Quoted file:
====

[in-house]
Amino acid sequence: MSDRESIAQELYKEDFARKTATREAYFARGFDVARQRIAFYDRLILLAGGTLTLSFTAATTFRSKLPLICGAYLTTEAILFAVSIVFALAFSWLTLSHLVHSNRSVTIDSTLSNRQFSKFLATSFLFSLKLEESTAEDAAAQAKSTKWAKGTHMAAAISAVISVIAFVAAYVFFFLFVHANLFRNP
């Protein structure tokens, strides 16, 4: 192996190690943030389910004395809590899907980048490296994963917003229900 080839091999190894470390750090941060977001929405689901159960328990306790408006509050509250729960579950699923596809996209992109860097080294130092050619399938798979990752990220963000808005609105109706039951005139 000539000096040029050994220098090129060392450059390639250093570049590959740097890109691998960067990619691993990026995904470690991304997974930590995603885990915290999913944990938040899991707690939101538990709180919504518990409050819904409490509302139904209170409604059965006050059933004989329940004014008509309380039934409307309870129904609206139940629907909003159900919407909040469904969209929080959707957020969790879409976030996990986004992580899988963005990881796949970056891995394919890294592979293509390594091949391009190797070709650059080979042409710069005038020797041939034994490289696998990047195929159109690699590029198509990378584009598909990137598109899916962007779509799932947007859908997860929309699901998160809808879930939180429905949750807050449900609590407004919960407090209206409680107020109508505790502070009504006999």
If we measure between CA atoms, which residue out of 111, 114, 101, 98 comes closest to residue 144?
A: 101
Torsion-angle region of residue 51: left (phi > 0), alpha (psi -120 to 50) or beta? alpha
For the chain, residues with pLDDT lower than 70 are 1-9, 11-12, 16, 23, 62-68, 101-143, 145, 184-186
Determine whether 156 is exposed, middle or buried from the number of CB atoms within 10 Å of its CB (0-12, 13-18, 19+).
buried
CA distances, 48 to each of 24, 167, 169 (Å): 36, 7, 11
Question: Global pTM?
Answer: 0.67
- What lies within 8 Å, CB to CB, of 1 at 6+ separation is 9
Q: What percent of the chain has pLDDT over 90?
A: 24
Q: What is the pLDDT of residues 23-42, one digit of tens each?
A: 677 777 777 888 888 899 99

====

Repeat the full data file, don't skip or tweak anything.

[in-house]
Amino acid sequence: MSDRESIAQELYKEDFARKTATREAYFARGFDVARQRIAFYDRLILLAGGTLTLSFTAATTFRSKLPLICGAYLTTEAILFAVSIVFALAFSWLTLSHLVHSNRSVTIDSTLSNRQFSKFLATSFLFSLKLEESTAEDAAAQAKSTKWAKGTHMAAAISAVISVIAFVAAYVFFFLFVHANLFRNP
């Protein structure tokens, strides 16, 4: 192996190690943030389910004395809590899907980048490296994963917003229900 080839091999190894470390750090941060977001929405689901159960328990306790408006509050509250729960579950699923596809996209992109860097080294130092050619399938798979990752990220963000808005609105109706039951005139 000539000096040029050994220098090129060392450059390639250093570049590959740097890109691998960067990619691993990026995904470690991304997974930590995603885990915290999913944990938040899991707690939101538990709180919504518990409050819904409490509302139904209170409604059965006050059933004989329940004014008509309380039934409307309870129904609206139940629907909003159900919407909040469904969209929080959707957020969790879409976030996990986004992580899988963005990881796949970056891995394919890294592979293509390594091949391009190797070709650059080979042409710069005038020797041939034994490289696998990047195929159109690699590029198509990378584009598909990137598109899916962007779509799932947007859908997860929309699901998160809808879930939180429905949750807050449900609590407004919960407090209206409680107020109508505790502070009504006999």
If we measure between CA atoms, which residue out of 111, 114, 101, 98 comes closest to residue 144?
A: 101
Torsion-angle region of residue 51: left (phi > 0), alpha (psi -120 to 50) or beta? alpha
For the chain, residues with pLDDT lower than 70 are 1-9, 11-12, 16, 23, 62-68, 101-143, 145, 184-186
Determine whether 156 is exposed, middle or buried from the number of CB atoms within 10 Å of its CB (0-12, 13-18, 19+).
buried
CA distances, 48 to each of 24, 167, 169 (Å): 36, 7, 11
Question: Global pTM?
Answer: 0.67
- What lies within 8 Å, CB to CB, of 1 at 6+ separation is 9
Q: What percent of the chain has pLDDT over 90?
A: 24
Q: What is the pLDDT of residues 23-42, one digit of tens each?
A: 677 777 777 888 888 899 99